Time for vet George to put his feet up

George Robin.
George Robin.

A Lancaster vet has retired after 43 years in practice – 33 of those at the same surgery.

George Robin qualified from Glasgow University in 1971, and then spent several years in mixed but mainly farm practices in Scotland, Derbyshire – where he met his wife Mary – and North Yorkshire, before moving to Lancaster in 1981.

There, George started work in China Street with Harrison and Russell, which later moved to a new site at the Pointer roundabout and became Baldrand veterinary practice.

In 2000 Baldrands amalgamated with Bay Vets, and 10 years later the farming and small animals sides split, 
with the farming side moving to Lancaster Auction Mart and becoming known as Farm Gate Veterinary Services Ltd.

For the last 10 years George has worked exclusively with livestock, and has a very keen interest in cattle fertility.

He said: “I got the interest from working as a schoolboy on a farm.

“I enjoy the outdoor life. I have always liked the farming community and working with them and preferred to be hands on out on the farm.

“That’s where I was happiest.”

George, 65, said the job has changed considerably since he first started, particularly where numbers are concerned.

When he began, 75 per cent of vets were involved with farm work. Now, just four per cent of vets deal exclusively with farm animals.

Technology has also drastically altered, with advancements having been made in many important areas including fertility and pregnancy.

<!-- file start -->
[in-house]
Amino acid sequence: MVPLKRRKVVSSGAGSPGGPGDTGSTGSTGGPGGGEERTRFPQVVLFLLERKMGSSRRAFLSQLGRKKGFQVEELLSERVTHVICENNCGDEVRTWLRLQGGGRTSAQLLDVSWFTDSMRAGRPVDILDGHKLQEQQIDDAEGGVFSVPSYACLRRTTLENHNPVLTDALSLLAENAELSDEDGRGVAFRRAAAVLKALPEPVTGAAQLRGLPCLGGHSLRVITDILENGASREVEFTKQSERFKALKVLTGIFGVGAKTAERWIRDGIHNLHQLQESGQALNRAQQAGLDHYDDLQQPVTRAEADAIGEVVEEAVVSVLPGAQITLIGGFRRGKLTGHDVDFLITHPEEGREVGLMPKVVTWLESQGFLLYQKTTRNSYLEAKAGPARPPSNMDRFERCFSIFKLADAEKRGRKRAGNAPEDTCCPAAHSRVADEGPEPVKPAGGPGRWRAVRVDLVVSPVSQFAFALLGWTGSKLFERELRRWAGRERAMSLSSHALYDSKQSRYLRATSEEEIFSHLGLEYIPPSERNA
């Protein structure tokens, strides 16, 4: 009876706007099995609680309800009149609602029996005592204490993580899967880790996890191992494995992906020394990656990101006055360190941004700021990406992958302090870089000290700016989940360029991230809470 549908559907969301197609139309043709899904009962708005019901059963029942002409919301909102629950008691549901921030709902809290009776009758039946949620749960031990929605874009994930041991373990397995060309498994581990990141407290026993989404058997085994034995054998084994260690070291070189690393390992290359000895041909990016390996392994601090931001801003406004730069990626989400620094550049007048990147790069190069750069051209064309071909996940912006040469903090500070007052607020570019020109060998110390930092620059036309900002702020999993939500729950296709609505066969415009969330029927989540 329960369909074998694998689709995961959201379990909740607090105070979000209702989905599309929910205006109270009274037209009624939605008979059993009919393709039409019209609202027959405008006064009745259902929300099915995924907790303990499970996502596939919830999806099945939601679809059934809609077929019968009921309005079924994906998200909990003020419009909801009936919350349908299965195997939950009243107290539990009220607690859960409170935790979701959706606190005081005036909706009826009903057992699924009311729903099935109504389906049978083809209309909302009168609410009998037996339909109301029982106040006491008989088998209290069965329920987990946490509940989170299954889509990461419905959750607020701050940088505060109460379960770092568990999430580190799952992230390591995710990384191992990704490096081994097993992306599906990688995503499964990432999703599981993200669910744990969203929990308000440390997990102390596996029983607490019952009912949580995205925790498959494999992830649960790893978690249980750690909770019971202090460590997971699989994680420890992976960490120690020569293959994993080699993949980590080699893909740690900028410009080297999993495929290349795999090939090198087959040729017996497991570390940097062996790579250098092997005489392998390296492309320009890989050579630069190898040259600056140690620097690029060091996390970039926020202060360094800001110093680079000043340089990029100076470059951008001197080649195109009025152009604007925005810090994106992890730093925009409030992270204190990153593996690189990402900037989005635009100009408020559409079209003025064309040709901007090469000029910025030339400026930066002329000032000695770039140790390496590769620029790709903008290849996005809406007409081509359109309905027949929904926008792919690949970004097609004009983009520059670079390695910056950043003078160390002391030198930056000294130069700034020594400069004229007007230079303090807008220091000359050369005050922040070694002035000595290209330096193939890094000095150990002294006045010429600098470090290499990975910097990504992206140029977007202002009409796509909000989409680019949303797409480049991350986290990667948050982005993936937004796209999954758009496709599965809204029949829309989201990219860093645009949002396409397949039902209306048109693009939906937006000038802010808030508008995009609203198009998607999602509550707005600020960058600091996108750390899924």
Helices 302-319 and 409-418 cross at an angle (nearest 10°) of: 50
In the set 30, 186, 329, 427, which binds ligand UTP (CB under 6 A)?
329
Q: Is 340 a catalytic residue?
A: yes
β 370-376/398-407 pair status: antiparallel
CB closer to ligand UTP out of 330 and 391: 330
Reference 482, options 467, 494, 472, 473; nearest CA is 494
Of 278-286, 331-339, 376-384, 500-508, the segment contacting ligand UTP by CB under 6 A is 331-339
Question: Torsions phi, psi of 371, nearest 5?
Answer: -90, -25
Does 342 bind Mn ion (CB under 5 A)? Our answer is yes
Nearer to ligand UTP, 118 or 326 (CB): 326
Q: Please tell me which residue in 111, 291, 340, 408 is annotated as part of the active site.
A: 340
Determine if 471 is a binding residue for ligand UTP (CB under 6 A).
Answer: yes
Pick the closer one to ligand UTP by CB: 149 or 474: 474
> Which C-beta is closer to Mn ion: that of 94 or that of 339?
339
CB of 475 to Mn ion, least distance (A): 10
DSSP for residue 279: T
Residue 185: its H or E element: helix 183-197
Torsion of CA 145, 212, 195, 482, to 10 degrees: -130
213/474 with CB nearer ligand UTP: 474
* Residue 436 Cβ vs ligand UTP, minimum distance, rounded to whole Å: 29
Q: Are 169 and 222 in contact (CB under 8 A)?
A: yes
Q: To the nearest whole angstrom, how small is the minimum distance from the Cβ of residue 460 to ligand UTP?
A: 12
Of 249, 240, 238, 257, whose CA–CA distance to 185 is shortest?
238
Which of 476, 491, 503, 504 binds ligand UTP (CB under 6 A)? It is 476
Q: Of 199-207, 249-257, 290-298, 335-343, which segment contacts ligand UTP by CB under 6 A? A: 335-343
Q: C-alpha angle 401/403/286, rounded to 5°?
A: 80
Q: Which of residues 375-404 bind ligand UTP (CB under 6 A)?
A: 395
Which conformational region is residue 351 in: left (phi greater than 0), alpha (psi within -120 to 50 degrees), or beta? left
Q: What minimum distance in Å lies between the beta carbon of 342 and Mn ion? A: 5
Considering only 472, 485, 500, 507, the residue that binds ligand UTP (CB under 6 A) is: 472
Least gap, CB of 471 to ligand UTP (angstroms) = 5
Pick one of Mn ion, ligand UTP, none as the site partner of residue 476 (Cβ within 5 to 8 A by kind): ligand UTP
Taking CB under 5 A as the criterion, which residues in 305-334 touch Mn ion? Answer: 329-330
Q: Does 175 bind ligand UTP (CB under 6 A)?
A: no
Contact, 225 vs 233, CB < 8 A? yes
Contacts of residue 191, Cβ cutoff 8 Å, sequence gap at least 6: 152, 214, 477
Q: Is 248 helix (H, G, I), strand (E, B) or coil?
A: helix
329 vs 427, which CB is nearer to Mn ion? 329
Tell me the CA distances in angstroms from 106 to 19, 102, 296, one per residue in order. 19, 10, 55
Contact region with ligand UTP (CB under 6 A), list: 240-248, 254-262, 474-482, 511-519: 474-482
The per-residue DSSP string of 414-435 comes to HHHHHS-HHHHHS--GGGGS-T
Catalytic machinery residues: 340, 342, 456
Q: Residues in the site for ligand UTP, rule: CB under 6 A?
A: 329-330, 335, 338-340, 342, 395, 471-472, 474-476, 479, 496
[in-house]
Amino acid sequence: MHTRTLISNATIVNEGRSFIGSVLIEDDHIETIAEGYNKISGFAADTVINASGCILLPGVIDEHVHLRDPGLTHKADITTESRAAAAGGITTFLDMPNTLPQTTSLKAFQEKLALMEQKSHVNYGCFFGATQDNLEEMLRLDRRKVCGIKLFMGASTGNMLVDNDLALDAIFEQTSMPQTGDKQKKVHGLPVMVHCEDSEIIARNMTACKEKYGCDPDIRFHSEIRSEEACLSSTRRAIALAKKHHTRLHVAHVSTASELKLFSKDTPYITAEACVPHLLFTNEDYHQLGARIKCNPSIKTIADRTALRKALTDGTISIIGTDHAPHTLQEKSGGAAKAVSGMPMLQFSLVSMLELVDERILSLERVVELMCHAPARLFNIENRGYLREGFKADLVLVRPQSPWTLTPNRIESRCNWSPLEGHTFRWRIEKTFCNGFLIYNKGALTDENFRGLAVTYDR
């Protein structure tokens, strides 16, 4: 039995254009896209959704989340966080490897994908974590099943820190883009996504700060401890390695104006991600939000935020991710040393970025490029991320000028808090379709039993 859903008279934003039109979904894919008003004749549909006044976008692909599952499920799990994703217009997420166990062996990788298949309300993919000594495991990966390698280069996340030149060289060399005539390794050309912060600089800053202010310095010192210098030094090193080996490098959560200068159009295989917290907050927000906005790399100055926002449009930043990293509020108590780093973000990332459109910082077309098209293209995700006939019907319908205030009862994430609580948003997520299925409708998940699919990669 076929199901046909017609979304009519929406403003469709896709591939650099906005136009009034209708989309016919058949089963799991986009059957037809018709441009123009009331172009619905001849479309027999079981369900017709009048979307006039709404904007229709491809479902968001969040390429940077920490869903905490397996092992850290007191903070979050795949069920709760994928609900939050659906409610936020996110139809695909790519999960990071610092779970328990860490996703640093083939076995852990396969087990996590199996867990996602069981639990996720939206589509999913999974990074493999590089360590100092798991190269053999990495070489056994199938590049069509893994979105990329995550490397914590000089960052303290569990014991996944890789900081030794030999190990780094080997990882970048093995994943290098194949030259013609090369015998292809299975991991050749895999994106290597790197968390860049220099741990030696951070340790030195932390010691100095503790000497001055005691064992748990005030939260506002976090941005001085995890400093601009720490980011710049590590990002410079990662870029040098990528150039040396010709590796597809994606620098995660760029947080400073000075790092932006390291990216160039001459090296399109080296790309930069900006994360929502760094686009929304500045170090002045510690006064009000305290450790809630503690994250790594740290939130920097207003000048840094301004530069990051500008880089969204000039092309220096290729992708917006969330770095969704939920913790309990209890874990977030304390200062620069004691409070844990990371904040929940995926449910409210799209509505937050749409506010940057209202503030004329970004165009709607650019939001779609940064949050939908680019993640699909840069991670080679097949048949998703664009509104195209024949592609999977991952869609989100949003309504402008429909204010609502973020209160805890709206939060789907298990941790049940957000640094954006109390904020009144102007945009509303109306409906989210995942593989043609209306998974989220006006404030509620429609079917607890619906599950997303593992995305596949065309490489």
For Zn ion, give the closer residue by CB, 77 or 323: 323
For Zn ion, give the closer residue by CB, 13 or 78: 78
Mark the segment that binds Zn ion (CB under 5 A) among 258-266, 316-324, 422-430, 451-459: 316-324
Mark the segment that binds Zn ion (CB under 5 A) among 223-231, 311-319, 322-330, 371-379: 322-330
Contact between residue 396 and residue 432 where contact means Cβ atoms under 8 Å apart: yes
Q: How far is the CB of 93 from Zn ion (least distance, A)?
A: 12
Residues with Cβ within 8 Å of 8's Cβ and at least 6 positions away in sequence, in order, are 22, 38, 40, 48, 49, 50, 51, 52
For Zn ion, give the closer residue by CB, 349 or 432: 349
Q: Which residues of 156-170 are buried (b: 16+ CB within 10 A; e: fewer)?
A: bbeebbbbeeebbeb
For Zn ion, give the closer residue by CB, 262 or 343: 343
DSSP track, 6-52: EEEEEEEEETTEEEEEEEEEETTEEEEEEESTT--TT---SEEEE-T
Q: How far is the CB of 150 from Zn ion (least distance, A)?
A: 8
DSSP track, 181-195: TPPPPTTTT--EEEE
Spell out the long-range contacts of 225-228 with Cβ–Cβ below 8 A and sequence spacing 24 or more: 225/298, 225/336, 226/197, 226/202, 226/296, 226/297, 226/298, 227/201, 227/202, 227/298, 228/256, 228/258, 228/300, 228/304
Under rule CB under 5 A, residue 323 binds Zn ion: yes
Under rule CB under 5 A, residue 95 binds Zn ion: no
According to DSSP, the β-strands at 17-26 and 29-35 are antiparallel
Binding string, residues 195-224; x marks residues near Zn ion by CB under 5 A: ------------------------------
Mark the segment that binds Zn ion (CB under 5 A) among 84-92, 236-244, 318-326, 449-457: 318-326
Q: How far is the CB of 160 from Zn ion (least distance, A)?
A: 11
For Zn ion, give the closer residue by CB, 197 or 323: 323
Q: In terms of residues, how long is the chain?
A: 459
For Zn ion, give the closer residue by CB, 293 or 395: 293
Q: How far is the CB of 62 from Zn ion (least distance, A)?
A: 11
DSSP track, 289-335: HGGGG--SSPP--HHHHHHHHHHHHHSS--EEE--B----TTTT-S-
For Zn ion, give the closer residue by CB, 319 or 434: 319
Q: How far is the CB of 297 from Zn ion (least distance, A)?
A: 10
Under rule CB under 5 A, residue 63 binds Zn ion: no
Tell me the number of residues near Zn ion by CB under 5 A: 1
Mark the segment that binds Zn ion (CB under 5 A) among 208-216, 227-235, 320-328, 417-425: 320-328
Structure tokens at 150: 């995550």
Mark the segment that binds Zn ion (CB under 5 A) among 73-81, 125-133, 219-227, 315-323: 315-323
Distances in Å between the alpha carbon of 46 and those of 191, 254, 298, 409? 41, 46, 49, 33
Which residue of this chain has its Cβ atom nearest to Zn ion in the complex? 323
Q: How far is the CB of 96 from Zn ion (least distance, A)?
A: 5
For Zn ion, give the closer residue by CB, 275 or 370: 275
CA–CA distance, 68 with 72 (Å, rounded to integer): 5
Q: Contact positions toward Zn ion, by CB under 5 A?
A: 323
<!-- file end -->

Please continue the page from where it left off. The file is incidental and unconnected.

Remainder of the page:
George said: “If I could have my time again I would probably prefer to start around 1950, where there was much more of a farming community.”

A retirement party attended by around 250 people was held at Lancaster Brewery, and George was presented with a specially made cake by one of his clients.

George is now looking forward to spending some time taking it easy, although any travel plans will be put on hold until Mary retires.

She has previously worked at a vets, but now runs her own driving school, Bay School of Motoring.

The couple have three children – a son who is a doctor, another son who followed in his father’s footsteps to train as a vet and now works at Liverpool University researching cattle fertility, and a daughter studying for a PhD in history at Lancaster University.

George said: “I do a fair bit of walking and cycling and will hopefully be doing a bit more of that. Seeing all the lambs around and knowing I have had nothing to do with it for the first time in 44 years was a bit strange though.”

Helen McKinstry, events and deliveries co-ordinator at Farm Gate, said: “George’s laid back demeanour and exceptional clinical skill endeared him to many a client of both large and small animals.

“George’s love is of cattle and we are sure he’ll miss donning his scanner and long glove, not to mention the cups of coffee on his farms!

“George will be missed by his clients and colleagues alike and we would all like to wish him the best in his well deserved retirement.”